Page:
Boxing fatalitiesEdit

The number of fatalities in Japan's boxing, 1952–2013. The numbers include six deaths before 1952. Boxers who died after being in a coma for more than one year after the fatal fight are counted in the year the fight happened.

From 1950 through 2011, Tokyo was the city with the most boxing fatalities in the world.[66] After the JBC's inception in April 1952, thirty-eight Japanese professional boxers died from fight injuries.[67] In 1973, one boxer among them died after an eighth-round knockout loss in a super featherweight ten-round bout in Agana, Guam.[68] He is the only Japanese who died outside of his home country.[69]

There were six fatal accidents before that.[69][70] First, an African American died of athlete's heart after an exhibition match in Yokohama in 1902.[70][71] The first Japanese fatality was the former national lightweight champion, Nobuo Kobayashi. He never regained consciousness after a ninth-round technical knockout loss at the Koshien tennis court in Nishinomiya, Hyōgo in 1930.[72][69][73]

After the year 1952, five Japanese amateur boxers and two Thai professional boxers died due to a fight in Japan.[69][70] In addition, one Japanese amateur boxer died of cerebral hemorrhage after the test for a professional boxer's license,[74][75] and one Japanese professional boxer suffered a fatal cerebral hemorrhage during a sparring session.[70] The thirty-eighth victim under the JBC's professional regulations and rules, and the fifty-third in total, died of subdural hematoma seventeen days after his first professional bout against another debutant.[76]

See alsoEdit


  1. ^ The WBC championships in Japan have always been sanctioned under the WBC's open scoring system[20] since the world title doubleheader featuring Hozumi Hasegawa and Eagle Kyowa in November 13, 2006.[21][22]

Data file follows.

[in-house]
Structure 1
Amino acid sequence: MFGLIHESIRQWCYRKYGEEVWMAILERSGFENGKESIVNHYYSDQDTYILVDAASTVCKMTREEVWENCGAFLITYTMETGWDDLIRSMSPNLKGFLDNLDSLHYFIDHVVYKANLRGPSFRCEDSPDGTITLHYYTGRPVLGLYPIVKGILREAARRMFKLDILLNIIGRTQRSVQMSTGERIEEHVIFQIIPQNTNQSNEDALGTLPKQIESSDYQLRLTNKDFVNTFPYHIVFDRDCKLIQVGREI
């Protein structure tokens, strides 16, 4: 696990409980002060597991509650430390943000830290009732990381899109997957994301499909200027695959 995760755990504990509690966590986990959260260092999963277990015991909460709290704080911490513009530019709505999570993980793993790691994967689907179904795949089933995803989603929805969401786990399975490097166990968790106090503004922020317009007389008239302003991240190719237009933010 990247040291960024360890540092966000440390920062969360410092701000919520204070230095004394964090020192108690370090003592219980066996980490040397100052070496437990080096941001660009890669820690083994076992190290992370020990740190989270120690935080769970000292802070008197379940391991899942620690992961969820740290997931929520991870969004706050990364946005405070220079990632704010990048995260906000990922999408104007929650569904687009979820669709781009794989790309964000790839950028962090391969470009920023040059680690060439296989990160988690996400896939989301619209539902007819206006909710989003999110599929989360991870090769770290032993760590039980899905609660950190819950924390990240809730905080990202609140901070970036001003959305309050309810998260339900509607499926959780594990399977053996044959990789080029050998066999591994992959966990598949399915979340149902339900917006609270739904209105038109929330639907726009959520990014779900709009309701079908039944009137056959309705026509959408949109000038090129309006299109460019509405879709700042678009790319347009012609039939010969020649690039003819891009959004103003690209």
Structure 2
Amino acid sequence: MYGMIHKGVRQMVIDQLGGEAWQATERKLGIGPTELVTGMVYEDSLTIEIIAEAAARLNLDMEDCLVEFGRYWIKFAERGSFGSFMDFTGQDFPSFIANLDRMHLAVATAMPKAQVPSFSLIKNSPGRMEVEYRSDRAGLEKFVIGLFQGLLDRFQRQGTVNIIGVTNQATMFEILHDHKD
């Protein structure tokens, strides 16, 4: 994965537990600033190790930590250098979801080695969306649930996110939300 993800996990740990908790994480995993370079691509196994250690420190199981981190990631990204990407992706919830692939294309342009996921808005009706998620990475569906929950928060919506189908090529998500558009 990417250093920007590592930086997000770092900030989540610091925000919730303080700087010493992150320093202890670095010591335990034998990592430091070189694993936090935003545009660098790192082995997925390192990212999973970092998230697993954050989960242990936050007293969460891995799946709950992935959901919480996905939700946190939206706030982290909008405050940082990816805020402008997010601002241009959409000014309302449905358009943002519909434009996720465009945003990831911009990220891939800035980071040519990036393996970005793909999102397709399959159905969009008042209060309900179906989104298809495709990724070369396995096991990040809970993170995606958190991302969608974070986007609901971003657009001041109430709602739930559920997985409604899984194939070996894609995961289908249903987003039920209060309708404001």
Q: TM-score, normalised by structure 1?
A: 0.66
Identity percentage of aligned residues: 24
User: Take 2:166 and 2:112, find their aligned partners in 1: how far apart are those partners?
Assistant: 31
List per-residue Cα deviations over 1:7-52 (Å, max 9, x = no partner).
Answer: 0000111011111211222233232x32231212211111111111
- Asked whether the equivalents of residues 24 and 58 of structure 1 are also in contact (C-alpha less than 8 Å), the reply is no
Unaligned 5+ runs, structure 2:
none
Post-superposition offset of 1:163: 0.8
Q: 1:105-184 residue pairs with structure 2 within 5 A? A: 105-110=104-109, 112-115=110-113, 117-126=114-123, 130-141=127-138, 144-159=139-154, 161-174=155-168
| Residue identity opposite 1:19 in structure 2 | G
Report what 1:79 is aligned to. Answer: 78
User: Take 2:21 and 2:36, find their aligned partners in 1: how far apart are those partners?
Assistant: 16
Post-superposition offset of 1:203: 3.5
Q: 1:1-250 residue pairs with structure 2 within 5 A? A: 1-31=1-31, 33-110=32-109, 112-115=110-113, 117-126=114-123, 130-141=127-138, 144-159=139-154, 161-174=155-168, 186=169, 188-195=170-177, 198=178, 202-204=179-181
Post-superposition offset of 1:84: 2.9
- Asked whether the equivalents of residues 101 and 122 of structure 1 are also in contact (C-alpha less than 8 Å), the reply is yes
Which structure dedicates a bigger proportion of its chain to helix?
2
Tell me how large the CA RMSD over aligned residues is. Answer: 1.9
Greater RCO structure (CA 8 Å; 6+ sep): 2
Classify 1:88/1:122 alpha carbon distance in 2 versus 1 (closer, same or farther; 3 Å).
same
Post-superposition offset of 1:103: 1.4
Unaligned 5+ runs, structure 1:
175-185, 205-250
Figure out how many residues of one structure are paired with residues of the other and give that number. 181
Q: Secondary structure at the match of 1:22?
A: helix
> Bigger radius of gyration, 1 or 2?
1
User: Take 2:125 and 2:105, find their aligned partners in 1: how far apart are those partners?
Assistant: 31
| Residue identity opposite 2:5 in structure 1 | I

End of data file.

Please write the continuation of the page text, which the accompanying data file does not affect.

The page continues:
2. ^ In the All-Japan Rookie King Tournament, a boxer who unified rookie king titles of the West Japan (西日本, Nishinihon), Central Japan (中日本, Nakanihon) and Western part of Japan (西部日本, Seibu-Nihon) is promoted to the West representative (西軍代表, Seigun daihyō) and confronts the East Japan rookie king who is also the East representative (東軍代表, Tōgun daihyō) at the same time in order to decide the winner of the tournament. The West Japan rookie king can not fight against the East Japan rookie king unless he unifies all those three titles.[43] To be exact, what is depicted as the West Japan rookie king in Hajime no Ippo ought to be the West representative.


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  2. ^ Shun Kasahara, The University of Tokyo (Spring 2009). "Perry Visits Japan: a visual history – The Sumo Won Perry's Heart". Brown University Library. Archived from the original on July 19, 2011. Retrieved March 16, 2011.
  3. ^ a b c ボクシングの伝来と協会の歴史 – 第三章 ボクシングの父・渡辺勇次郎 (in Japanese). Japan Pro Boxing Association. 2008. Retrieved March 16, 2011.
  4. ^ a b c d e Baseball Magazine Sha 2004, p. 66.
  5. ^ Baseball Magazine Sha 2002, p. 40.
  6. ^ a b c ボクシングの歴史 – 第4章 (in Japanese). Japan Boxing Commission. Retrieved March 16, 2011.
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  8. ^ Baseball Magazine Sha 2004, p. 242.
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  10. ^ a b Baseball Magazine Sha 2004, p. 67.
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  • Boxing Magazine editorial department, ed. (May 31, 2002). 日本プロボクシング史 世界タイトルマッチで見る50年 (Japan Pro Boxing History – 50 Years of World Title Bouts) (in Japanese). Tokyo, Japan: Baseball Magazine Sha Co., Ltd. pp. 40–41, 78, 286, 291. ISBN 978-4-583-03695-3.